Where Moxie shines the most is its strong cast playing the high school students aching to be valued for more than what they look like on the outside. As Vivian, Robinson is an inspired, naturalistic presence that convincingly goes from a shy not-quite wallflower into a more confident dance like no one’s watching activist in her own right. With Tsai holding the more cautious side as her longtime best friend and Pascual-Peña the bolder new kid on the block, both actresses’ lived-in performances offer Vivian opportunities to lead or become a better leader. As other Moxie girls that get into the act, Sabrina Haskett, Sydney Park (Wish Upon), Anjelika Washington all have nice moments along the way, with Haskett especially going through a nice moment in standing up for herself in front of others. It’s no fun playing the bad guy and Schwarzenegger seems to be enjoying himself at least, so there’s that. Get ready to swoon over Hiraga playing the kind of compassionate boy every mom (or dad) would want their daughter (or son) to date.
You could nitpick at a few things along the way, sure, like the way the film either introduces threads of ideas and then completely abandons them (two characters kiss and then their relationship is never mentioned again, a trans character auditions for a musical which is supposedly a big deal but there’s no follow-up) or it drops in something out of left field. Yet in some way, the script resembles the mind of a teenager in that way. Everything is important in that very moment and sometimes it remains at the forefront and maybe it goes away quickly…or that incident they were mad about years ago they’re going to bring up now just because they need to be angry about something…anything. That could also be me rationalizing some gaps in the writing or editing.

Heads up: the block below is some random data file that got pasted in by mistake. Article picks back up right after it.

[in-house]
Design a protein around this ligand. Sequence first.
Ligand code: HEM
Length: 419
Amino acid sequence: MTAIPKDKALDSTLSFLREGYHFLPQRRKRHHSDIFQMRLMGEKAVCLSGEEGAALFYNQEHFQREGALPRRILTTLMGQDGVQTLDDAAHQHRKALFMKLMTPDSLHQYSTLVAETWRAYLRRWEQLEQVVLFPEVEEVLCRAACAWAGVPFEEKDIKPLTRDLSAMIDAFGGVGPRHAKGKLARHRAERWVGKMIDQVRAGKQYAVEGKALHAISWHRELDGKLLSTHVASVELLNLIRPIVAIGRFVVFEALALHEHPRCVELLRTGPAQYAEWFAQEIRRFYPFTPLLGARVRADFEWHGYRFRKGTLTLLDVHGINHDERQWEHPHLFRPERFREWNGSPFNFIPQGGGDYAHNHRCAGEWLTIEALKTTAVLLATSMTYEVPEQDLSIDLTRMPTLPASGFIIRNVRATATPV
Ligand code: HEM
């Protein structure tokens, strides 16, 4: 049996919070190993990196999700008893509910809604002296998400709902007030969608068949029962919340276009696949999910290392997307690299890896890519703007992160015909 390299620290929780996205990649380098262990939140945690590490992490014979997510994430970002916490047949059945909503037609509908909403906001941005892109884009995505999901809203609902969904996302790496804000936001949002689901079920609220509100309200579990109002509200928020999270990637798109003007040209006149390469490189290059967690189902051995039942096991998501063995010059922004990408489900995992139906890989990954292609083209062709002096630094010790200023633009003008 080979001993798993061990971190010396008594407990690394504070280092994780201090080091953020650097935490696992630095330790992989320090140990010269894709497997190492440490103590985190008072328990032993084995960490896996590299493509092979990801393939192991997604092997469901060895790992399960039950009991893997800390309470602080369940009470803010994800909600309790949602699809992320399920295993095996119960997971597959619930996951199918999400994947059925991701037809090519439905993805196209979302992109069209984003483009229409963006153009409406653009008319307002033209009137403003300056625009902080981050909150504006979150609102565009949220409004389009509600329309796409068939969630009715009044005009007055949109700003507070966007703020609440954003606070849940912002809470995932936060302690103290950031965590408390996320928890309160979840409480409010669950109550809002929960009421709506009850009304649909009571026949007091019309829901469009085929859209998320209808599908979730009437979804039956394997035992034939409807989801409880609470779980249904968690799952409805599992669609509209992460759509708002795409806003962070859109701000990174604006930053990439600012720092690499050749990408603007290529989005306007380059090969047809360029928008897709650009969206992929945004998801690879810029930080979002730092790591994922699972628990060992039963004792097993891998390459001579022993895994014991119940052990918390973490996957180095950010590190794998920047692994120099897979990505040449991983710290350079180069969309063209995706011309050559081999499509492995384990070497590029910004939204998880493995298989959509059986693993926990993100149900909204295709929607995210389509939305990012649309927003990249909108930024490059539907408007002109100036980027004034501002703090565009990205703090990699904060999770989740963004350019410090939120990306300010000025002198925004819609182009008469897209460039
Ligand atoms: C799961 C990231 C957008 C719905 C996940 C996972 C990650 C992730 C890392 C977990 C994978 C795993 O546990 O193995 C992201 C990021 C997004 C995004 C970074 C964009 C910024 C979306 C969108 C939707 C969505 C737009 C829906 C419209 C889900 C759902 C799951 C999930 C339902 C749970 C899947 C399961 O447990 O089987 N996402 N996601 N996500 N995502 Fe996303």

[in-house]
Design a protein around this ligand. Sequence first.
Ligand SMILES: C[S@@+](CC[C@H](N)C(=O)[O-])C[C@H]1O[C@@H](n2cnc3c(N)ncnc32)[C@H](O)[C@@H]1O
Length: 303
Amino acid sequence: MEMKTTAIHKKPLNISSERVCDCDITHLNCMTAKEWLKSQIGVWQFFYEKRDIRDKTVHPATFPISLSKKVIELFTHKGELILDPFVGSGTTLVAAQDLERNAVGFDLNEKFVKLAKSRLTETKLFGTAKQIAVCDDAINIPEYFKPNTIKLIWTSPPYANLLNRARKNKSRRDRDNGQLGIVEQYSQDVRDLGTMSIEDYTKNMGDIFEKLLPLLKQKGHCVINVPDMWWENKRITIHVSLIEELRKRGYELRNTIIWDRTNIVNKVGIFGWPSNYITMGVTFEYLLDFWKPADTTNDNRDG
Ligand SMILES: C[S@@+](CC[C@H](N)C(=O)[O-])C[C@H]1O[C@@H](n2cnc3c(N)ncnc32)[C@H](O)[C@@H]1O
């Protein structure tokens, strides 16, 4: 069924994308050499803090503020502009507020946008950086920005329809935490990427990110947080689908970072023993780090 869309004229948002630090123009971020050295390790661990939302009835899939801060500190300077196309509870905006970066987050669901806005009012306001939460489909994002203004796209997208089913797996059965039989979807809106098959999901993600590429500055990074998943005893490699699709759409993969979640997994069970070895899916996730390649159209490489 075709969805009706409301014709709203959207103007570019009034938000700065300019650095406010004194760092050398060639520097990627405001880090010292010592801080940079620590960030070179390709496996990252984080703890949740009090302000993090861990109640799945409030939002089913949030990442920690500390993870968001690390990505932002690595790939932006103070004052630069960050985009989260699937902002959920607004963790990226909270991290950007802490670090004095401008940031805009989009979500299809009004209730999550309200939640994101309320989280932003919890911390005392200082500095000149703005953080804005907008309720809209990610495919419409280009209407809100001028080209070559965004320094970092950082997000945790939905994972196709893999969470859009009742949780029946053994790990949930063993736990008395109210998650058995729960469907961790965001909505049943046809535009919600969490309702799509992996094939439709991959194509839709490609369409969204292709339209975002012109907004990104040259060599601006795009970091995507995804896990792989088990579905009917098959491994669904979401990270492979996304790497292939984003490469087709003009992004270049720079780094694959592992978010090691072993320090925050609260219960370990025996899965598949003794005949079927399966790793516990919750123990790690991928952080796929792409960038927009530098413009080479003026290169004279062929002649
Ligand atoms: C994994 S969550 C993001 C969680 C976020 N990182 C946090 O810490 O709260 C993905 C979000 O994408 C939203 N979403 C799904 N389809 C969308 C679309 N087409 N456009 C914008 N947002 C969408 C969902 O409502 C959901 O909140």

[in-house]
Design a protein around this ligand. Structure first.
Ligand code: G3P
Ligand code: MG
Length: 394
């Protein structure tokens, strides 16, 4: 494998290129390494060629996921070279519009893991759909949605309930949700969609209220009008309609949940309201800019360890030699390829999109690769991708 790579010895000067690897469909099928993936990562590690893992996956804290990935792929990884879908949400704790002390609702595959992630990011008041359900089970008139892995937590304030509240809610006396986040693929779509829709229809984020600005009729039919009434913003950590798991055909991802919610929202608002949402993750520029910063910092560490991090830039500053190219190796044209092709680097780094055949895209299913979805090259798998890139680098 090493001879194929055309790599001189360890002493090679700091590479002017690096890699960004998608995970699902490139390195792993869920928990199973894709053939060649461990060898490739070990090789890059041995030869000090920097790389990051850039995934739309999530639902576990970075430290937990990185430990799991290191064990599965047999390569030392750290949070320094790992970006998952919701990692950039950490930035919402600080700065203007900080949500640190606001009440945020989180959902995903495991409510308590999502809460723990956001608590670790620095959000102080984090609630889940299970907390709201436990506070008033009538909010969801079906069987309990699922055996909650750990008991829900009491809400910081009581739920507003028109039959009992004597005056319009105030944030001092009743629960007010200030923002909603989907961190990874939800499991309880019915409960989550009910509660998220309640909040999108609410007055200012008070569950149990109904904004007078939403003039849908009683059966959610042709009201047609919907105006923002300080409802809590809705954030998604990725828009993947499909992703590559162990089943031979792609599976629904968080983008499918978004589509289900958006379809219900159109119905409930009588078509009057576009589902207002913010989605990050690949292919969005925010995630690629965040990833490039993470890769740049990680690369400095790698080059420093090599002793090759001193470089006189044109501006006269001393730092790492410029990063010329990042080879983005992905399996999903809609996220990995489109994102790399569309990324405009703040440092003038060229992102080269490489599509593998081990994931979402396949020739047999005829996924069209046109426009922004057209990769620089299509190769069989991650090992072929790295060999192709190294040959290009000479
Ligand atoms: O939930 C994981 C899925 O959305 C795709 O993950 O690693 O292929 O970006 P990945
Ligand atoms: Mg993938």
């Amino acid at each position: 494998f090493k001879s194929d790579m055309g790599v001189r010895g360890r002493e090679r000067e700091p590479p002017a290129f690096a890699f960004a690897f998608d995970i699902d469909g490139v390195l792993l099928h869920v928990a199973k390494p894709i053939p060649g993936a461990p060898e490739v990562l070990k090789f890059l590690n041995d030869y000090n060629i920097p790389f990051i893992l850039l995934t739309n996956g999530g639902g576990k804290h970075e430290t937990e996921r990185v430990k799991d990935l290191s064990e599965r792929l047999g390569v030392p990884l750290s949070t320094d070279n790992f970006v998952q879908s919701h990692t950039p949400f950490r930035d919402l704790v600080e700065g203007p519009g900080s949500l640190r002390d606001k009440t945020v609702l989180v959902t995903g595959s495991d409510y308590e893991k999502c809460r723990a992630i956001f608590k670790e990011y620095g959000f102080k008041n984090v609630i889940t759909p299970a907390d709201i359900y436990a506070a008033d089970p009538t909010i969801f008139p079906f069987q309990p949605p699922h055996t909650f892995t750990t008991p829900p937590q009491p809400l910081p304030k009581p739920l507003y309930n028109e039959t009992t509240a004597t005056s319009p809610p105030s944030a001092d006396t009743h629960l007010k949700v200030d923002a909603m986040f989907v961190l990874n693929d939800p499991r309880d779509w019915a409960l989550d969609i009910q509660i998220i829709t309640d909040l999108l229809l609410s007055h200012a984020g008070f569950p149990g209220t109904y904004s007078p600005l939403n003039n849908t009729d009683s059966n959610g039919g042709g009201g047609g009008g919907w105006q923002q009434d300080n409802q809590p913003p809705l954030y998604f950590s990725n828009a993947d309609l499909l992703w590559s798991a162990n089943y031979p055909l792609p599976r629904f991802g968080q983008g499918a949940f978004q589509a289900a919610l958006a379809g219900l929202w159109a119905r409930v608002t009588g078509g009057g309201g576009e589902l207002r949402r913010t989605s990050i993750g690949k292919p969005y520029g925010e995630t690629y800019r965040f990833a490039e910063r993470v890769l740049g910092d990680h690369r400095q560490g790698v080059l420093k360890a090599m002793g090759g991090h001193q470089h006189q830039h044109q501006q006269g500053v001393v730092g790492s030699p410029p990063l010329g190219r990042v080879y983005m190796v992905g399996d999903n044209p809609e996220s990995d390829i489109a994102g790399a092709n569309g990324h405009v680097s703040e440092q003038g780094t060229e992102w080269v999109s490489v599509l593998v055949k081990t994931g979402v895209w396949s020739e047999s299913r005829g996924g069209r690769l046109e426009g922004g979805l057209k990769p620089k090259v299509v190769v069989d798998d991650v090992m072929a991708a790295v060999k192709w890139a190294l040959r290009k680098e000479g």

Netflix has done well by their teen audiences over the past few years and Moxie is another sign they know their audience, as well as another vote of confidence on Poehler’s evolution as an artist. Her role in the film is just enough to satisfy your fix for her onscreen (not that I would have begrudged a scene or two more) but it’s clear she wanted to focus to be on a new crop of talent, giving voice to a different kind of conversation. Keep being a part of these forward-moving films, Netflix.